On the currency markets, the pound fell 0.05% against the euro at €1.1469 but rose 0.14% versus the dollar at $1.4195.

Central Asia Metals
Destiny Pharma
PureTech Health

C4X Discovery Holdings
WH Smith

Trading Announcements
Dunhelm Group
Man Group
Greene King


McColl's Retail Group
Smith & Nephew
UK Economic Announcements
(00:01) RICS Housing Market Survey
Intl. Economic Announcements
(09:00) Industrial Production (EU)
(13:30) Continuing Claims (US)
(13:30) Import and Export Price Indices (US)
(13:30) Initial Jobless Claims (US)

Columns of Note

Iain Martin, writing in The Times, assesses Mark Zuckerberg's performance in his two day Congressional hearing. He argues that Zuckerberg may have opened himself up to the "legal vultures" by admitting that Facebook was responsible for the content on its platforms.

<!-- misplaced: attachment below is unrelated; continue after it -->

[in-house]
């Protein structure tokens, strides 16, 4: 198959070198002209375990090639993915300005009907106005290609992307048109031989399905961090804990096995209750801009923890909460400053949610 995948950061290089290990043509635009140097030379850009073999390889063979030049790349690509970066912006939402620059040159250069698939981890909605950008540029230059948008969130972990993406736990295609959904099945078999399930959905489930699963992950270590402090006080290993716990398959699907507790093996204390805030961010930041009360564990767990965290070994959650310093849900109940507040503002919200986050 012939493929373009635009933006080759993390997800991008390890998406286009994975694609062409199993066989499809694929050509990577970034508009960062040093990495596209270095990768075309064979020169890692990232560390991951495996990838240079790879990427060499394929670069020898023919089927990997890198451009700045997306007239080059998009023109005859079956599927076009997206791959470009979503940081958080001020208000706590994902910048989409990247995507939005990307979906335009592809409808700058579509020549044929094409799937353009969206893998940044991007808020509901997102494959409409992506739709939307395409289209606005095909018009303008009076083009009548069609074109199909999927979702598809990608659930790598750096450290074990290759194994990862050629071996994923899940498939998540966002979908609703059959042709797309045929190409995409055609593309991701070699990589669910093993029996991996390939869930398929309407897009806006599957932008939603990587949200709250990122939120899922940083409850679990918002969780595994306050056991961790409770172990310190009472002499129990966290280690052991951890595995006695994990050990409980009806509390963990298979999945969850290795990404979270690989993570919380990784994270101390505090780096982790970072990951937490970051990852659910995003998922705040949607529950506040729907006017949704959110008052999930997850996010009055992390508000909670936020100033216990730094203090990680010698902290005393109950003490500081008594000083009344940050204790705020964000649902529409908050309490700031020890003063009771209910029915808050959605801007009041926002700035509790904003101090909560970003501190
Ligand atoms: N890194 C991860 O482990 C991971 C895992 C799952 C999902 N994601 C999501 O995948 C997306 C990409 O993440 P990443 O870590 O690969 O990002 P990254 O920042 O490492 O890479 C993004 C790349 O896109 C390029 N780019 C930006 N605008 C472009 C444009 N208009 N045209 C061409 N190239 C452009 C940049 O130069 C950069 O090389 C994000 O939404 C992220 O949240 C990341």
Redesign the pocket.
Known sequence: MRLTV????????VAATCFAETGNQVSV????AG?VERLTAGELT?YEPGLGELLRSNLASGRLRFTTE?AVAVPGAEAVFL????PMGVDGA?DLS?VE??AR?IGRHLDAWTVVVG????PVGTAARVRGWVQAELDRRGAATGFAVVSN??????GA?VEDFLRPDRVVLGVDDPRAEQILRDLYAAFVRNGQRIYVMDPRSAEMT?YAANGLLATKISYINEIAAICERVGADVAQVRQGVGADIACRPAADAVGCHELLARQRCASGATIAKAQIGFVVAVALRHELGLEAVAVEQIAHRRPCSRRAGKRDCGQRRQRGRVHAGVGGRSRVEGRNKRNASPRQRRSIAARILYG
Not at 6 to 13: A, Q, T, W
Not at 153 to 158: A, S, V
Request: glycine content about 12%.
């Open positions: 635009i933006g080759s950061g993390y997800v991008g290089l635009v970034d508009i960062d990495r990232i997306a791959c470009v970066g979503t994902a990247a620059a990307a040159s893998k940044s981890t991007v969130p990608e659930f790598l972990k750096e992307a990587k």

Owen Jones takes aim at Andrew Neil in his recent column. While admitting that Neil is a forensic and formidable interviewer, he claims that due to his background with the Conservative Party, he cannot be held as an impartial presenter on the BBC.

Did you know?

On this day in 1980, the US Olympic Committee endorsed a boycott of the Moscow Olympic games.

Parliamentary highlights

House of Commons
In recess until 16 April 2018
House of Lords
In recess until 16 April 2018

Scottish Parliament

In recess until 16 April 2018